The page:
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Every wall in the building adheres to strict geometry. Each curve is based on the circle, with it being a quarter of the circumference in most cases. On the larger scale of the building, each programmatic element is ordered on the grid and all the corners of each programmatic element is rounded using the order of the circle. The overall building shape also reflects the ordering of the individual rooms within it by being a rectangle with rounded corners.

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The building is ordered on strict geometry down to the smallest detail. In the image to the left, the column is lined up with the outlet, the glass joint, the vent, and the exterior glass joint. Every detail in the project was taken into careful consideration.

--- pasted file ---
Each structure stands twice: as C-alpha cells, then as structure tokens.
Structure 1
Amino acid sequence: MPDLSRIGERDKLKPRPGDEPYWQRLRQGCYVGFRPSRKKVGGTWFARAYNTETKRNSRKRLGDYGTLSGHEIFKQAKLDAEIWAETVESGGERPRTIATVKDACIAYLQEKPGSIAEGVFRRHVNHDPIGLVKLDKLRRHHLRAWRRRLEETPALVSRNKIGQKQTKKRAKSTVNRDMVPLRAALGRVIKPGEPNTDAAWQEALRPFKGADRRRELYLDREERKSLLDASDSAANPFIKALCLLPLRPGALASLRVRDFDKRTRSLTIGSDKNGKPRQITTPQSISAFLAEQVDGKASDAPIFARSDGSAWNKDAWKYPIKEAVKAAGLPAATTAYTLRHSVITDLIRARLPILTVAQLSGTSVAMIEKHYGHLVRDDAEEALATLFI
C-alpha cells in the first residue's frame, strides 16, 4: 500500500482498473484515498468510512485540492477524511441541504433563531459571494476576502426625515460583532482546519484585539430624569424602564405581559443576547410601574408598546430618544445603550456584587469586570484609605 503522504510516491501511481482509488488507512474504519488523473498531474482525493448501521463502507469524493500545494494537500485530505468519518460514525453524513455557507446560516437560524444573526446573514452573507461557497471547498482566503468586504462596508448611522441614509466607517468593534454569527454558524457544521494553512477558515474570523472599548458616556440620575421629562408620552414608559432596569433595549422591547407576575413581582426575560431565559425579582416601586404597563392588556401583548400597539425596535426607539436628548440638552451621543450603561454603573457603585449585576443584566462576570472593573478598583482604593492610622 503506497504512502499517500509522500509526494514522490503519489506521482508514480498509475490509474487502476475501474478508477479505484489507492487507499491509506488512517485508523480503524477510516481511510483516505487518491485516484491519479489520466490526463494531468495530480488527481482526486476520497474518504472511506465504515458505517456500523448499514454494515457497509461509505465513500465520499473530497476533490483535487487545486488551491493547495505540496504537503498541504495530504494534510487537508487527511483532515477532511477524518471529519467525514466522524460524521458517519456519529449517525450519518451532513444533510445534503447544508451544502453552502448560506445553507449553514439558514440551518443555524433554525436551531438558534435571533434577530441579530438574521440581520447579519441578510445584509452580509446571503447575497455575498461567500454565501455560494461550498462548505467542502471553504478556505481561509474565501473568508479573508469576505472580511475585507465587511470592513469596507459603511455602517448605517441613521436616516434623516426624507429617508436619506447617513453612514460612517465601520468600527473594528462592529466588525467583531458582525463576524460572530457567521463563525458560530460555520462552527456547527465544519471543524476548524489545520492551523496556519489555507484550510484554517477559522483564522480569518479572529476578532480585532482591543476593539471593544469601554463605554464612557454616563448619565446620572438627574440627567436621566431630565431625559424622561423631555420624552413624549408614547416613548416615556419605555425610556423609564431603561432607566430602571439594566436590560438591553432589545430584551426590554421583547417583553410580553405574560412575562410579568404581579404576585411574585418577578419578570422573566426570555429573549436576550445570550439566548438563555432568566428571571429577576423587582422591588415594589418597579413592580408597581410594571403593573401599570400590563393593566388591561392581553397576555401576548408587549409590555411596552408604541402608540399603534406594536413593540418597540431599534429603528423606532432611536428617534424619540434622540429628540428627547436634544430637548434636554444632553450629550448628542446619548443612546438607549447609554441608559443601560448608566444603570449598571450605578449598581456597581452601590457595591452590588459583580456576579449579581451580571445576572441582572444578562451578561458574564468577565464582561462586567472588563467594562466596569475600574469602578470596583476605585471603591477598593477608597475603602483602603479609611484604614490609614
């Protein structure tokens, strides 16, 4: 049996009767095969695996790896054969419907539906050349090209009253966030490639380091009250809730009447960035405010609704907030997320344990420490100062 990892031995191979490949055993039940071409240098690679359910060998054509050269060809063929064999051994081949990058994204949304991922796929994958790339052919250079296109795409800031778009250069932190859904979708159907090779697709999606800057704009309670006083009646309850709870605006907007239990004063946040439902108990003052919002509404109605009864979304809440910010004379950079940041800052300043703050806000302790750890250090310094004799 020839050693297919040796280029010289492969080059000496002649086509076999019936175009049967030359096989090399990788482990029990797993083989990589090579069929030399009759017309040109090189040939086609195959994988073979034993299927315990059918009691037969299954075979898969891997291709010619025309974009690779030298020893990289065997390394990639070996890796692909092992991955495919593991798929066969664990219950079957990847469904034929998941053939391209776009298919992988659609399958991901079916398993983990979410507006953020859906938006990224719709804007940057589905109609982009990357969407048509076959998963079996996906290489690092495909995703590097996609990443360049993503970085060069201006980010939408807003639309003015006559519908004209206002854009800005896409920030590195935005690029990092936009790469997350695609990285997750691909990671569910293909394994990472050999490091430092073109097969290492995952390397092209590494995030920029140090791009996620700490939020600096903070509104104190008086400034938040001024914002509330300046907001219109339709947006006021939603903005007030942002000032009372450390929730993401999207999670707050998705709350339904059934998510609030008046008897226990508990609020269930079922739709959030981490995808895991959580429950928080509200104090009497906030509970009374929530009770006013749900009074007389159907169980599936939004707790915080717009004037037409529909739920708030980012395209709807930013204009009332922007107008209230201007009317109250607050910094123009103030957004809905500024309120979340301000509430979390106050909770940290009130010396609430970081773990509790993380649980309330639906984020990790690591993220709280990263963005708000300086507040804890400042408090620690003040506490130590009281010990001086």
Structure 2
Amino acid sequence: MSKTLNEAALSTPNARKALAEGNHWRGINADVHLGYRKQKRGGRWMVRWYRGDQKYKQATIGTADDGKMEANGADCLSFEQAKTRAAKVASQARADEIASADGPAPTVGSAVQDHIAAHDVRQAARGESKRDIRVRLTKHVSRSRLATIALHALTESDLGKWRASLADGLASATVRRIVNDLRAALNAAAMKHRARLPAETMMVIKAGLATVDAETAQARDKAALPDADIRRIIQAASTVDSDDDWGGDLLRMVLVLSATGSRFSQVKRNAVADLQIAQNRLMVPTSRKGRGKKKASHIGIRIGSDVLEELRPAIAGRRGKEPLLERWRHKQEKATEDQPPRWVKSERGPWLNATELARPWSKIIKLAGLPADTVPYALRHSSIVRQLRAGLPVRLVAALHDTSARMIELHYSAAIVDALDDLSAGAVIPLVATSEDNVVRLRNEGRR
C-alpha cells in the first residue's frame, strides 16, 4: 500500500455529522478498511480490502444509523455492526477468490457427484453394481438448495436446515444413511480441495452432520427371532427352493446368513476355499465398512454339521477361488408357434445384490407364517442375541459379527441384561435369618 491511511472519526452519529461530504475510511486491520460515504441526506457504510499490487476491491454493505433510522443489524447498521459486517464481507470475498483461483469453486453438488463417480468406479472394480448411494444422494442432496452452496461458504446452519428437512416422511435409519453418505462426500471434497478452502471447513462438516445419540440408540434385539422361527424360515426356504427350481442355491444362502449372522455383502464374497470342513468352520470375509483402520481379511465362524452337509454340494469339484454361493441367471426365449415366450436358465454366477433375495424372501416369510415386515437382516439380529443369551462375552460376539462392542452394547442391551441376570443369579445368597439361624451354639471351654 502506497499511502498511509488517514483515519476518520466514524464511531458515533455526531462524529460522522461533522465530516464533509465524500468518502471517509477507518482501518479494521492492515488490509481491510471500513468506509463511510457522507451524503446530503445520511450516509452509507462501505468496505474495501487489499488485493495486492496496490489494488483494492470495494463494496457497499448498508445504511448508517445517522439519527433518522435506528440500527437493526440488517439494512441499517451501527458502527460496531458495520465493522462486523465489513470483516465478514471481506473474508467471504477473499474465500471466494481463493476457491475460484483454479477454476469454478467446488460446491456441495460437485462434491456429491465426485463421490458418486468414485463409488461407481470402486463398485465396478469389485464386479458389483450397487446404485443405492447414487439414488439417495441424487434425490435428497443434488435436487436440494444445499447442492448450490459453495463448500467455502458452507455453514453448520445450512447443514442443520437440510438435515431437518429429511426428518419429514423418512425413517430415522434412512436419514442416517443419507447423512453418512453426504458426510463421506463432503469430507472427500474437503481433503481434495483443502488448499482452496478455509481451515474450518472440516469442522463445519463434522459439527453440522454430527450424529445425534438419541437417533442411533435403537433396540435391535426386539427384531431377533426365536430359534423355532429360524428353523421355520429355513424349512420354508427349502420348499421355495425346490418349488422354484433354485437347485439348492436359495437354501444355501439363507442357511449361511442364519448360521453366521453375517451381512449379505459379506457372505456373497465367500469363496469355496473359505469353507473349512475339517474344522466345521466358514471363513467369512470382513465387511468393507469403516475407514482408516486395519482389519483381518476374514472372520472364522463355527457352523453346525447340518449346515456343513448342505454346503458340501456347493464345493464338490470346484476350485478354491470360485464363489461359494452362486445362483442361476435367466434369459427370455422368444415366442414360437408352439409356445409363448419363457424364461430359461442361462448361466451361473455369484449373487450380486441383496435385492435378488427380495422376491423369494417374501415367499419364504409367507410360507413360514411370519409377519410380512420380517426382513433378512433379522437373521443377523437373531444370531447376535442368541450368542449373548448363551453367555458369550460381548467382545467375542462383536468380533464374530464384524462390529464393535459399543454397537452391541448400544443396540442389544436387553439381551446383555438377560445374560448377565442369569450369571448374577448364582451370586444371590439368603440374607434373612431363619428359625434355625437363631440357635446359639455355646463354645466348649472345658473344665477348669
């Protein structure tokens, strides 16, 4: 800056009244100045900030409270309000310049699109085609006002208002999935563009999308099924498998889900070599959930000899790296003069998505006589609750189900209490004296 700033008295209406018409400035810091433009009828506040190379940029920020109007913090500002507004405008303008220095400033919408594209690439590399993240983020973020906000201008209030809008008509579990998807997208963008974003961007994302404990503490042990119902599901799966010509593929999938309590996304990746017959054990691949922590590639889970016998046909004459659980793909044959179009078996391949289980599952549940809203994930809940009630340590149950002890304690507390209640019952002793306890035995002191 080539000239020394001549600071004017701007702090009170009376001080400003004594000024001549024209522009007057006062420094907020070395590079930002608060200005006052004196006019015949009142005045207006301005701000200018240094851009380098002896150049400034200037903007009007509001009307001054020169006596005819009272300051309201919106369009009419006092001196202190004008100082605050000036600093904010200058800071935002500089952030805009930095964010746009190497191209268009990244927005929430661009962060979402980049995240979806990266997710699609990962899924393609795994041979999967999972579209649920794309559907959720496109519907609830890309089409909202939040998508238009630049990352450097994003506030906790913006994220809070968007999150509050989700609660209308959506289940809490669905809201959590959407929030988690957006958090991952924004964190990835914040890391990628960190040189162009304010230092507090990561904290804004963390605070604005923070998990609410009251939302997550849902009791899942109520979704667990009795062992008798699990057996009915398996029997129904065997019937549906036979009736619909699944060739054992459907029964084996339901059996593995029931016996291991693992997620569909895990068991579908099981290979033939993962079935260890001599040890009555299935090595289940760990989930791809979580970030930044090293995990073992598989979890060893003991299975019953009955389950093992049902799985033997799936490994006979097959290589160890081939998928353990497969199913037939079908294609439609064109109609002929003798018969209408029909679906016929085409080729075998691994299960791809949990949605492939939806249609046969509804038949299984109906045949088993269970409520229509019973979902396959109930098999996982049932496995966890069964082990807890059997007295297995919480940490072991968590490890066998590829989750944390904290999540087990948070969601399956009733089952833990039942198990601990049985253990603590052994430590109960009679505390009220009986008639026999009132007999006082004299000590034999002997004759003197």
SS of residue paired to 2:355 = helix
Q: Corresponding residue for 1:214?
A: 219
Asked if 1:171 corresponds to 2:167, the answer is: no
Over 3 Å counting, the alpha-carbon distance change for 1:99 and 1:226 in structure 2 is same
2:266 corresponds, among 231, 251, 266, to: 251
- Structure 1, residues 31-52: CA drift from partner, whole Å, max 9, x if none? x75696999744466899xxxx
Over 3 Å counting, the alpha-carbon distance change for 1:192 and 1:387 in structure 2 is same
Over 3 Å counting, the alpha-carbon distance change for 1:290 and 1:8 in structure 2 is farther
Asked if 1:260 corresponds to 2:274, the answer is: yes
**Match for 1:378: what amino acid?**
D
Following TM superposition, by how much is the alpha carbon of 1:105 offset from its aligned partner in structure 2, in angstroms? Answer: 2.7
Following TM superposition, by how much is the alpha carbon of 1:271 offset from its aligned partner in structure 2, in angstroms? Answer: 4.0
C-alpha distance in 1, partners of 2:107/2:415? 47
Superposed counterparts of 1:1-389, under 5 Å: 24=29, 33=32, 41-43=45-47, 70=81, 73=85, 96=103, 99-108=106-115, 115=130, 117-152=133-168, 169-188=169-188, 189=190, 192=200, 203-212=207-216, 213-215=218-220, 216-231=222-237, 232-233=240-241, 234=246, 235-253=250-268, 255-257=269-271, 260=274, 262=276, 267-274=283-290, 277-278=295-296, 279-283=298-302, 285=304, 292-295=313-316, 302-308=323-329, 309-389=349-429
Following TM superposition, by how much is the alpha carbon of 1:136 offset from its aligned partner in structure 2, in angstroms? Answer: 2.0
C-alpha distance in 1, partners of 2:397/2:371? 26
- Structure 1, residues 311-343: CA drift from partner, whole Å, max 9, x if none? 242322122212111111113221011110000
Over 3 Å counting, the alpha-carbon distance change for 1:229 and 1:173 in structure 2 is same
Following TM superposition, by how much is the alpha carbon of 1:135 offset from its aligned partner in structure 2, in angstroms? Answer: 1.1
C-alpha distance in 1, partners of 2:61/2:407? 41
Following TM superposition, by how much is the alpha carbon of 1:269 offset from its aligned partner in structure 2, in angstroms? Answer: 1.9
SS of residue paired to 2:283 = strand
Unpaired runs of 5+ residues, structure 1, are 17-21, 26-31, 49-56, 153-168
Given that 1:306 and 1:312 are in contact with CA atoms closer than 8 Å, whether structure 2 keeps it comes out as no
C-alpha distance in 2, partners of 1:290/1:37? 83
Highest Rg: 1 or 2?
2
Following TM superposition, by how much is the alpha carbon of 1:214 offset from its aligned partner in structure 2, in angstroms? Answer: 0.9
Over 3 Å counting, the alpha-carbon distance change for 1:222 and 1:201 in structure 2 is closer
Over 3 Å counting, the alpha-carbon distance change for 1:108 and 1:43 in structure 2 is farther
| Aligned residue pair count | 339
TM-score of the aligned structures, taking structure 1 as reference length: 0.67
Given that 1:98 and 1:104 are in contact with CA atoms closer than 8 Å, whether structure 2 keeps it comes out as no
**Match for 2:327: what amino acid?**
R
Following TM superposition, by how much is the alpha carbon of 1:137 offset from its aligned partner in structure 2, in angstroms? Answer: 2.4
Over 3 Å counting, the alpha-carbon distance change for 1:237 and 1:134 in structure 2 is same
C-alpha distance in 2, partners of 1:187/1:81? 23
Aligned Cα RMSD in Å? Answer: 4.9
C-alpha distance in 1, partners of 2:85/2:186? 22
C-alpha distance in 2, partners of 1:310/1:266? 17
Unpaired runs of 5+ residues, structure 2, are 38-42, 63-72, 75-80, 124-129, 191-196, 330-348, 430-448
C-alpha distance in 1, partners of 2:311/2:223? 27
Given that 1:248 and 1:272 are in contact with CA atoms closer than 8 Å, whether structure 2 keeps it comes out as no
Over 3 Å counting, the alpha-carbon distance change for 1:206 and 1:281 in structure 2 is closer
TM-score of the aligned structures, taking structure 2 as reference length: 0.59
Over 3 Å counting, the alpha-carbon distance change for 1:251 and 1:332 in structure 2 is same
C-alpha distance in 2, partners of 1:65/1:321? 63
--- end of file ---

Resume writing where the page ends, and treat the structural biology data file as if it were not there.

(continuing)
The steel roof structure works around the space designated for the courtyards in order to accommodate for the completely transparent ground floor. The roof is supported by thin steel columns in addition to the opaque core spaces constructed of solid steel.

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Structural Roof Diagram

The glass panels were installed using a special machine that would slot the top edge up and into the ceiling and then drop the panel down into the floor.

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Solid Steel Core Space

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Glass Panels Being Installed


System and Detail


Site Documentation


Works Cited